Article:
They people at MediaDefender should be criminal charge . Company fined and hten disbanded
BitTorrent watchdog MediaDefender is once again taking heat after it was accused of launching a pernicious attack that brought down a web-based distributor of legal video. Jim Louderback, chief executive of Revision3, said in this blog post that the FBI is investigating the assault, which at points flooded his site with more …
They people at MediaDefender should be criminal charge . Company fined and hten disbanded
Of course, some people may say Revision3 is little more than a site that offers second-rate videos, so where is the real harm in knocking it off line for a few days. Well, Louderback has anticipated that and offers this counter-argument:
"What if MediaDefender discovers a tracker inside a hospital, fire department or 911 center? If it happened to us, it could happen to them too."
Of course who cares if what they was doing was illegal... they're only 2nd rate videos... that's not the point ROFL.... Hopefully this time something will get done about it... not likely, but we can pray....
as for having a tracker inside the pd, fd, et al... been there done that.... I used to run a private tracker somewhere in the south east of the USA at an isp till they locked down all the accounts :(
mine's the one with the syn packet of paris in the pocket :)
...when the anti-torrent crew would start taking down legit torrent sites. A lot of the people in the racing sim community use torrents to distribute mods and videos - it's the only way to handle the bandwidth sometimes - and it's all manifestly legal. I suppose that doesn't matter, though - to the public, bittorrent means piracy. I wonder what would have happened if mediadefender had been around in the glory days of good ol' FTP...
What the hell are MediaDickholes doing injecting torrents into trackers? I'm not positive what that means, but it sounds like they were uploading media, and surely it must be some kind of illegal to offer uploads and then prosecute people that download?
And where is ConsumerDefender, with it's band of hackers and streakers and vandals? Seems as though there'd be a constant DDOS on those MediaDefender IPs, and then they wouldn't be able to do much. Anyone own a botnet and want to set that up for us?
.....this amounts to a something along the same lines of a hack or network flood, which is as far as I am aware, illegal. It is not for MediaDefender to be judge and jury over what is and is not a legitimate site, so any action they take against any site should be considered a criminal activity.
...first create an illegal offer (on a legit tracker, no less), so they can then cuff anybody who doesn't know it was illegal for copyright infringement. Wow. And once they're blocked from illegitimately accessing that tracker, top it off by nukeing the legit servers...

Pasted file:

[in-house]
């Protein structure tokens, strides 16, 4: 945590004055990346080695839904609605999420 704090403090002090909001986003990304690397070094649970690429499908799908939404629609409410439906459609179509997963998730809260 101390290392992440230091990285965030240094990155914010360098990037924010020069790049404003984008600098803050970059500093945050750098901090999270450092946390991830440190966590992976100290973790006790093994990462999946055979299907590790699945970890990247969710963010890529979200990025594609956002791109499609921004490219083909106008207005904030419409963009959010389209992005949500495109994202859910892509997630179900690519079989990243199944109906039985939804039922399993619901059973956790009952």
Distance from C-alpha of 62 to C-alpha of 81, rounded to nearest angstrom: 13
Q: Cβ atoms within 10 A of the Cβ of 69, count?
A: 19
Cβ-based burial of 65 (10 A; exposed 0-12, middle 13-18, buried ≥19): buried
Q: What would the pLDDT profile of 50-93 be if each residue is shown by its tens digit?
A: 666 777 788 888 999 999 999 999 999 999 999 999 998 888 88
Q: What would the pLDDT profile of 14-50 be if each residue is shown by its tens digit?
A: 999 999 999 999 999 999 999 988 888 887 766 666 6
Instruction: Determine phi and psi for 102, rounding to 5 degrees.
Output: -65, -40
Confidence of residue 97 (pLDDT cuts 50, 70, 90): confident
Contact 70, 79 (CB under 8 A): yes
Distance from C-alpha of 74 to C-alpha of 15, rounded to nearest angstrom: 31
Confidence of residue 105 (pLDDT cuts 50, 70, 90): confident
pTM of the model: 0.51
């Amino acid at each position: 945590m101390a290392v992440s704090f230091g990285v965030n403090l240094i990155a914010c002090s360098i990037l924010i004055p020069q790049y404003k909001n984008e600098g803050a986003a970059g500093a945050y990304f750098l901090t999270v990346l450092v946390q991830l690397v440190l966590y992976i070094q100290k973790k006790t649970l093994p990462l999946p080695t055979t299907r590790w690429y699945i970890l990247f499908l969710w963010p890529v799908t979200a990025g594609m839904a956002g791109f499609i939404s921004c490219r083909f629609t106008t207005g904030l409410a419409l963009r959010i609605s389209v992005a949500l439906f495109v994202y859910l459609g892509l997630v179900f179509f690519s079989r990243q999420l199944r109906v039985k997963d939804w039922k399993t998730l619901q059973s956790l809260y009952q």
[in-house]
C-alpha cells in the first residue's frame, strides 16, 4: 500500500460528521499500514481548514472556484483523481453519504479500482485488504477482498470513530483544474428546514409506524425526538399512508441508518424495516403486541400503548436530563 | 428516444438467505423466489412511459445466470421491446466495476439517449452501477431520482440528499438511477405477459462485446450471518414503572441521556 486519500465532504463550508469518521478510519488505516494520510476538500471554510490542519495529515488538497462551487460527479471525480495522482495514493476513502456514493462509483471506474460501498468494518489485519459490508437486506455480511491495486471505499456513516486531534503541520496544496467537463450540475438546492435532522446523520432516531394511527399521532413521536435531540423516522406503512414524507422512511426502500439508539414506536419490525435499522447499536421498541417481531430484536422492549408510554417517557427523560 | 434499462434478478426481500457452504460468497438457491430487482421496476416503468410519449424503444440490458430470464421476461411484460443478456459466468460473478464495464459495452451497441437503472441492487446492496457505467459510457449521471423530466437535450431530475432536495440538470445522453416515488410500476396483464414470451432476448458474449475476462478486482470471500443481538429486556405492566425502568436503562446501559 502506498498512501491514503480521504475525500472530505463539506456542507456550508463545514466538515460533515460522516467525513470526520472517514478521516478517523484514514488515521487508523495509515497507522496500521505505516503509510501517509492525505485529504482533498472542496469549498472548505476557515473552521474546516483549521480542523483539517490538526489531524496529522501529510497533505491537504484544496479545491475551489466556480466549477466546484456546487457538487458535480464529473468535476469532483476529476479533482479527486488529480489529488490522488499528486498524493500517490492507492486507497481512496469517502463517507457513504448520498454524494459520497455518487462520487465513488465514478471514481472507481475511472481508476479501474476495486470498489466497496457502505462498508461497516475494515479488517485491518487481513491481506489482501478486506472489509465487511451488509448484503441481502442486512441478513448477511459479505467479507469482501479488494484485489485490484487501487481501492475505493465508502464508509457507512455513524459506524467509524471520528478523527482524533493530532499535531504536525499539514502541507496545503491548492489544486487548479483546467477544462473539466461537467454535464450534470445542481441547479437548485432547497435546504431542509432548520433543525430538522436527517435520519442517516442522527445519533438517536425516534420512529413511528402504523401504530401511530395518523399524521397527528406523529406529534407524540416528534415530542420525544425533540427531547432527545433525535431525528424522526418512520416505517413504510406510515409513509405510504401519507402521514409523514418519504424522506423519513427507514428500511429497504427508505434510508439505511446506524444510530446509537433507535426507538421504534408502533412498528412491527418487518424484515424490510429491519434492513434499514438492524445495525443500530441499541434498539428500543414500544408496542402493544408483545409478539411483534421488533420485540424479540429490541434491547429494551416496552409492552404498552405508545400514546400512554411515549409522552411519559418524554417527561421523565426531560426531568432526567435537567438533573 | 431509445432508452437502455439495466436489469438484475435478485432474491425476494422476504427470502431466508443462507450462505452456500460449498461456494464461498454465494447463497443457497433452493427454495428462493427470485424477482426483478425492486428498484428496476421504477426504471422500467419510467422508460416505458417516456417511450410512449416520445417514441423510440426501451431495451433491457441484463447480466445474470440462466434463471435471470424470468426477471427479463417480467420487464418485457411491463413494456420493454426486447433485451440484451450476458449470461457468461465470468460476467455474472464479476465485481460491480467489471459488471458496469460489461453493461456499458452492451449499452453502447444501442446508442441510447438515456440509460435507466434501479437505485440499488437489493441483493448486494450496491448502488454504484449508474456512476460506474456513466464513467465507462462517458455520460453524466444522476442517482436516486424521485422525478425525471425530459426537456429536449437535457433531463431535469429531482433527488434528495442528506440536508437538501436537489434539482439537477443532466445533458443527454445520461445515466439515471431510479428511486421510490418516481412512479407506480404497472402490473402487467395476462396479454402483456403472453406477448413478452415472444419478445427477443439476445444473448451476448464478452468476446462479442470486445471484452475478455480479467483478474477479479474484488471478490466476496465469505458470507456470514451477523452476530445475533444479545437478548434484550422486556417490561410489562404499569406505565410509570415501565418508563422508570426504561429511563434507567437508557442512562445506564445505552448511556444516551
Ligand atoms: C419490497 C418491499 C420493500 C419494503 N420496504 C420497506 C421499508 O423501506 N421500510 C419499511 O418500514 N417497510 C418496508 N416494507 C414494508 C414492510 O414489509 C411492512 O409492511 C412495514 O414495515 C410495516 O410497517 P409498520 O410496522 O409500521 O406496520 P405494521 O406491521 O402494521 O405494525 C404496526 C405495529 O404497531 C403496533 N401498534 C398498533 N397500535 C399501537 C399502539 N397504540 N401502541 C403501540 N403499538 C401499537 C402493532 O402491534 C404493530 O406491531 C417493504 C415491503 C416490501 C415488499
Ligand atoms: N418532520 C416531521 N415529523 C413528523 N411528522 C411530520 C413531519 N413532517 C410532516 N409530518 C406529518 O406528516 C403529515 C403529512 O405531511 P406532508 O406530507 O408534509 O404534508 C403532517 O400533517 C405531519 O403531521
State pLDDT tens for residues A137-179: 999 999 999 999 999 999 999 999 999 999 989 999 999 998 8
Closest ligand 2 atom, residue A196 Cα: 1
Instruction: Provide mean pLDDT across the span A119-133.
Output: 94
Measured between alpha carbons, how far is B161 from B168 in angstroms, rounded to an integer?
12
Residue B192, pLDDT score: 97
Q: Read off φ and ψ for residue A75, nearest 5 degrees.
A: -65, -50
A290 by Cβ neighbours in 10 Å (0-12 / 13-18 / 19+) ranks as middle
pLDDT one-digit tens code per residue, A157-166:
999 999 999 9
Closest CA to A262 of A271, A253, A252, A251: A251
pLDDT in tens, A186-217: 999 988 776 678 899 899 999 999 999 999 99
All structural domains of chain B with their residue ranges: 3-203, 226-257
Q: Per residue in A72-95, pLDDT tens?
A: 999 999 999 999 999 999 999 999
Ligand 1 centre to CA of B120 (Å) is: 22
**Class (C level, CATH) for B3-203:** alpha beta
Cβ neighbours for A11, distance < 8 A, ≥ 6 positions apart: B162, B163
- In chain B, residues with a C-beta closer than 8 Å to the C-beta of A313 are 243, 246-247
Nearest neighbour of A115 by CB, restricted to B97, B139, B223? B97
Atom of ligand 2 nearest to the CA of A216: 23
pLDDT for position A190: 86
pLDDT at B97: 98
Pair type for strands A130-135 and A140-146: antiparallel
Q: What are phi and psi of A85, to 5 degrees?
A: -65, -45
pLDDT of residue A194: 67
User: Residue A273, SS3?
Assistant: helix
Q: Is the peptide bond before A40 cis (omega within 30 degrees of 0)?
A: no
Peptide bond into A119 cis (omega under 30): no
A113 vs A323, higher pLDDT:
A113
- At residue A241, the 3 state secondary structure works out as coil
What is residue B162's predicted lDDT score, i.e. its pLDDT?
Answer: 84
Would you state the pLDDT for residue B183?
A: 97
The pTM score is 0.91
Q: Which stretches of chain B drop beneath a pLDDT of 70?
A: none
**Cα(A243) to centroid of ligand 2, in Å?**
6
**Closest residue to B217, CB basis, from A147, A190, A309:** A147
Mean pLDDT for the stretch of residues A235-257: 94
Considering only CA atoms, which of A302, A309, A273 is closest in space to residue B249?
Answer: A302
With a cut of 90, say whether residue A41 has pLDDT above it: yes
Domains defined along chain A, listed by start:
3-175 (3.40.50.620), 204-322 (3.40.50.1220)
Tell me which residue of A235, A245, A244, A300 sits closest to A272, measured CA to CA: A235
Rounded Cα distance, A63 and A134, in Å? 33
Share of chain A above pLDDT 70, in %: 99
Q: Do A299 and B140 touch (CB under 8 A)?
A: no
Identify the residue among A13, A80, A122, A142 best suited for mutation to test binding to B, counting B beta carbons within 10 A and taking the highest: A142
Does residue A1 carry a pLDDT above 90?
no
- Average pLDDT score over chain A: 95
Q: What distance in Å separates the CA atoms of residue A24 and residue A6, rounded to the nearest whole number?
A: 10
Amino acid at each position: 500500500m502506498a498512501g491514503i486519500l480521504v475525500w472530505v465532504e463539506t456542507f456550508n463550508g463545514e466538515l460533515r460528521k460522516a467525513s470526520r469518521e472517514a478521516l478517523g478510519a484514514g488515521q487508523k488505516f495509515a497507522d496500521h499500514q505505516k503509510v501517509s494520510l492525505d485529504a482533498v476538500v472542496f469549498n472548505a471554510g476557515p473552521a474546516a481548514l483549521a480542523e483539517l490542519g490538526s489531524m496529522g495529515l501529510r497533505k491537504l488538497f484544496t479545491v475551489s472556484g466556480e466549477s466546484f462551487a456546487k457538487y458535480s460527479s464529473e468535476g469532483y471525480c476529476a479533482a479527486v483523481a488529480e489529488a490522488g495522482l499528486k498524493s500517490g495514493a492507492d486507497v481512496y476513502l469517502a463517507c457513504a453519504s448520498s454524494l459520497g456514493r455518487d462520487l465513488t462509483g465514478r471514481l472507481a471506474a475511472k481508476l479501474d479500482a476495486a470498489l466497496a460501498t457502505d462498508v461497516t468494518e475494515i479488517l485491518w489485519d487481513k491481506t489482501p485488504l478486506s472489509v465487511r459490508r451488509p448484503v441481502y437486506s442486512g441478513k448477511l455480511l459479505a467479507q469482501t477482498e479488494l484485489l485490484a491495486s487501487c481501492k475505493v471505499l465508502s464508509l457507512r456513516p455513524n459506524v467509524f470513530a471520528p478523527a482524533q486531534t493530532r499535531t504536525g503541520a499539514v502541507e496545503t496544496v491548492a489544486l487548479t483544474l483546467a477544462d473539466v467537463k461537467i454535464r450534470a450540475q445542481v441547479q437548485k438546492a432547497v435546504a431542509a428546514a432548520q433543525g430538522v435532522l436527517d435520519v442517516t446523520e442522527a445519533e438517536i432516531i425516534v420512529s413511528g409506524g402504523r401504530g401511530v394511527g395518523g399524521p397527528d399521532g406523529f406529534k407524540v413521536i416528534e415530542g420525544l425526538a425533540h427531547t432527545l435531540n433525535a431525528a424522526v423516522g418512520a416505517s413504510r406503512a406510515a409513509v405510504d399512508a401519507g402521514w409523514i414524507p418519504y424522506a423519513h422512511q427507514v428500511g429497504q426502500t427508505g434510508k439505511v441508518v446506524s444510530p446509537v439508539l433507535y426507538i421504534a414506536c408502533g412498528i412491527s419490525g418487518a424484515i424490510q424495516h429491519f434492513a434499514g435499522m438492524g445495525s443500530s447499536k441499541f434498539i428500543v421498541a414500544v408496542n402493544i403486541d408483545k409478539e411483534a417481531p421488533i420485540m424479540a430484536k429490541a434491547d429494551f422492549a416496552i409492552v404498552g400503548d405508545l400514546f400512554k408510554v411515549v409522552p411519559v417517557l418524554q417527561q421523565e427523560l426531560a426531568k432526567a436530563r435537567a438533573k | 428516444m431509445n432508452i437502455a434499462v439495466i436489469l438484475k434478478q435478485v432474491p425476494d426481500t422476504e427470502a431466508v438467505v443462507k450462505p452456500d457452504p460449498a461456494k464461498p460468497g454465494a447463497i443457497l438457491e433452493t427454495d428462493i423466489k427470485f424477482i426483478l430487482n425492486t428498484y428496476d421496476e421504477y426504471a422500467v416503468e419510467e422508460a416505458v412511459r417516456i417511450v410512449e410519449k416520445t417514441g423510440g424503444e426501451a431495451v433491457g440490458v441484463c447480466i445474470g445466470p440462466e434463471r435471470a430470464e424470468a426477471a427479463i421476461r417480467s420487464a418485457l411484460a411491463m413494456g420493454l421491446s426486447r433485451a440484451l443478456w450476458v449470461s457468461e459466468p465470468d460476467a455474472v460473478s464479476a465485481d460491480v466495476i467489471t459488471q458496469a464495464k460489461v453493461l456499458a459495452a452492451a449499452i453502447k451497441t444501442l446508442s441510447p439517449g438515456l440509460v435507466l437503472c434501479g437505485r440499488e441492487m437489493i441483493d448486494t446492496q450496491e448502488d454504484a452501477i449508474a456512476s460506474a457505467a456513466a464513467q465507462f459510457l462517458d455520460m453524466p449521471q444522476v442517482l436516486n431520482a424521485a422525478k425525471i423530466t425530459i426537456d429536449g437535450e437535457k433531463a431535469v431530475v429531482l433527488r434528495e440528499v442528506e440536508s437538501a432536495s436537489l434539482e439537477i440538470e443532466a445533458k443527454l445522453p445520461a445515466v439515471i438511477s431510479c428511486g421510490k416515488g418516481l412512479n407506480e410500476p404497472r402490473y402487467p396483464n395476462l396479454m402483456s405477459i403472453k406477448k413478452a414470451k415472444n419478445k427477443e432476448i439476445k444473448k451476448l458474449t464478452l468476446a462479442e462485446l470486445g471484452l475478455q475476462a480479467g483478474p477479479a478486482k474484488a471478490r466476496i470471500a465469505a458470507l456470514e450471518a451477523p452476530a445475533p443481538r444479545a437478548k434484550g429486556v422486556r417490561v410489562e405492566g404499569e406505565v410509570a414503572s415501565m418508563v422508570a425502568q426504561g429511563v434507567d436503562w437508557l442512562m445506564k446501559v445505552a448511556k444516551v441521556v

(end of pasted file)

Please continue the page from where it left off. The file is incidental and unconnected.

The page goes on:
<sarcasm> Well done, boys, you're a credit to your profession. </sarcasm>
Something feels a bit off about the claim that MediaDefender was adding stuff to the Revision3 site, and then started a DOS attack when they were stopped.
Were they ever doing anything legal?
But if they were slipping stuff onto Revision3, it certainly blurs the waters on whether Revision3 are legal.
Who is next on their list? Ubuntu?
Well for the Fire Department, that would likely mean illegal torrents, yes. But would you want to be told "The phone line is busy" if you try to call them to report a blaze in your neighbour's house (which thus might spread to your own as well), or if you have an accident at home and try to call the hospital for help so you don't bleed to death?
And in the case of Revision3, what they were doing was patently legal, so there was no reason at all to attack them in the first place.
*waiting for the time when laws are announced through BitTorrent instead of using highly overpriced paper publications*
Doesn't US laws against terrorism or other such activities make such actions illegal? Seems to me it does. When are these people going to be charged with the appropriate crimes? Or if it's not a crime, hey, free for all on DDOS attacks! Or is it only a crime if you don't happen to have bought-and-paid-for senators in Congress?
...until MediaDefender starts DOSing the BBC site. After all, the iPlayer is already one of the most widespread and heavily used P2P networks now... :)
I am sure that paying someone to commit a terrorist act (albeit digital terrorism) is a bad thing even in the US. At last, a legitimate use for Guantanamo bay. Fill it with record company executives. It would certainly make the world a better place.
Off they go to Gitmo. Buh-bye MediaDefender, have a good time in the sun...
"some people may say Revision3 is little more than a site that offers second-rate videos, so where is the real harm"
If it IS OK to do illegal stuff on half-arsed crap content, surely 90% of music/movie content is OK to nick 'cos that's half-arsed crap content too.
Although it doesn't say what files MediaDefender (sic) were injecting, if we assume that they were on some sort of entrapment kick and were baiting the "pirates" with copyrighted material then...
- either they don't own the copyright for that stuff and should be charged for making it available for sharing or